Academic journal article ABA Banking Journal

Parallel Universes

Academic journal article ABA Banking Journal

Parallel Universes

Article excerpt

WHILE THE ECONOMY CONTINUES to run full steam ahead, the financial markets have been sending out troubling signals. How can the financial markets' funk coexist with a remarkably healthy economy?

Some economists started looking for a "soft spot" last spring, when the Fed was about to start raising interest rates and paranoia about a China slowdown trashed the commodity markets. Instead, jobs and income have steadily improved and China has continued to grow at a 9%-plus pace. The U.S. economy, which had been buoyed by aggressive fiscal and monetary stimulus, transitioned to a self-sustaining economic expansion.

But some financial indicators have been weakening since the Fed began to withdraw stimulus a year ago, including weakness in growth of the money supply and global dollar reserves. While some of the recent weakness in the U.S. money supply stems from unusually strong seasonal flow of federal taxes, it is true that liquidity growth has decelerated. The smaller fiscal deficit and decelerating liquidity growth are the natural result of firming Fed and fiscal policies. The withdrawal of policy stimulus is necessary because the private sector has kicked in strongly and government stimulus at this stage of the cycle raises the risk of inflation, now in a cyclical upturn.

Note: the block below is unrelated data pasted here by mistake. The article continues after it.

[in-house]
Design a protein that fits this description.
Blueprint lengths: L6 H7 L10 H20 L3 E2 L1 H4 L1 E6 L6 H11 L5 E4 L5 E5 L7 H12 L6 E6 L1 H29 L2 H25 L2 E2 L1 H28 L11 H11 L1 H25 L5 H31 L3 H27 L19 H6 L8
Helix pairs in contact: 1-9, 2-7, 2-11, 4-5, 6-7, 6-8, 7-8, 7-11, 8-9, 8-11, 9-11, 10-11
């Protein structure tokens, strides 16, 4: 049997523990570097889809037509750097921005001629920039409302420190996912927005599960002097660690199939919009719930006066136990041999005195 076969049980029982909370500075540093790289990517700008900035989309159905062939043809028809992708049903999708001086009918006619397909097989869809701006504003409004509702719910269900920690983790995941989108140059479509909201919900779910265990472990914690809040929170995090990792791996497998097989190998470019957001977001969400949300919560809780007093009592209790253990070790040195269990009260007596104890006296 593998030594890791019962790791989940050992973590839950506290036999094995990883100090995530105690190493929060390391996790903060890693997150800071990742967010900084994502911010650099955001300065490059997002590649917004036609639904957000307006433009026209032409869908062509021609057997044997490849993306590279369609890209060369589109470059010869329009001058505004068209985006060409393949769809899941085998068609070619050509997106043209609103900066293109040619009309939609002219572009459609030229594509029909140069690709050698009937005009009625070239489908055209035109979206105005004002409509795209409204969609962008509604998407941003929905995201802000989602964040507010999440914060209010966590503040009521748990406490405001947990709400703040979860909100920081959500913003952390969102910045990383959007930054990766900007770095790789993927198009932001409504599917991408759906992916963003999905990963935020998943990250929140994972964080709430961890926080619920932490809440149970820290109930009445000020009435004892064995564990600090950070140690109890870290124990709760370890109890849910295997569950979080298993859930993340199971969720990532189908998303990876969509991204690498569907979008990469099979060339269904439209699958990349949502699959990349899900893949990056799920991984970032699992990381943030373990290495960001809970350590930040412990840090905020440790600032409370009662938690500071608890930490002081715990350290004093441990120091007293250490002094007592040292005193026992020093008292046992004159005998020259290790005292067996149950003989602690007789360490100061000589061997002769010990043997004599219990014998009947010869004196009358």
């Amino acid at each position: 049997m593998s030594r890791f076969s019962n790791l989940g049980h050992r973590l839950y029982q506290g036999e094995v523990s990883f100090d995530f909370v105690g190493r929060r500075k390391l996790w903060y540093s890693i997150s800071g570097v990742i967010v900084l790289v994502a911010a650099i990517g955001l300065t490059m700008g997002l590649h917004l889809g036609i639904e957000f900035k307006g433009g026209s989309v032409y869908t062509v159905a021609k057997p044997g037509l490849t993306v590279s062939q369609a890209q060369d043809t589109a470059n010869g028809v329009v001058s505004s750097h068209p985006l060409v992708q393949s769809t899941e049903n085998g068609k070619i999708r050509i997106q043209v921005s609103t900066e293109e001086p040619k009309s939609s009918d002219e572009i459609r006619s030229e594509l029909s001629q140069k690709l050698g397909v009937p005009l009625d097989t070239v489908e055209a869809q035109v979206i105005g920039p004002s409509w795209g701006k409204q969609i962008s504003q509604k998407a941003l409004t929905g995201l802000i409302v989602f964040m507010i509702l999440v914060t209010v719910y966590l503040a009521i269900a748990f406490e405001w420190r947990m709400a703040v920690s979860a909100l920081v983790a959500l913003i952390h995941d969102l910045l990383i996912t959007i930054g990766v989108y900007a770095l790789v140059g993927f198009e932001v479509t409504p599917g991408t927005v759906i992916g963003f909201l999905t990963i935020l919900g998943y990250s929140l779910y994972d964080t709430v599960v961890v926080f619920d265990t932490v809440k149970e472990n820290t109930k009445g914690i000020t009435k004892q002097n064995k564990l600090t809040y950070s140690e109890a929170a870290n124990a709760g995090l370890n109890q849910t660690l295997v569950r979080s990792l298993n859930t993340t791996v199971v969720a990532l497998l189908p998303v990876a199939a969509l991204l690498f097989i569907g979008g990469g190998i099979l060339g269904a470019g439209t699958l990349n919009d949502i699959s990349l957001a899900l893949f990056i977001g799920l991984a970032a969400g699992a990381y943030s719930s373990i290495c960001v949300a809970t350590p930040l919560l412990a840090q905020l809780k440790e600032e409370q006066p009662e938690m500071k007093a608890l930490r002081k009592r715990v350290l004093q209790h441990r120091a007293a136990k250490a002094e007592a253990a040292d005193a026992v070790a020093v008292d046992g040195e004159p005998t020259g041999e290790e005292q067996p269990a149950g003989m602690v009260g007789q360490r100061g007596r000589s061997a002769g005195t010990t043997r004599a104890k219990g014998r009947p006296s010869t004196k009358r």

The deceleration of liquidity growth is the primary force behind what's ailing the financial markets. When the Fed cut the funds rate to 1% in June 2003, it encouraged people to borrow and short the dollar to finance all kinds of higher-yielding investments around the world. …

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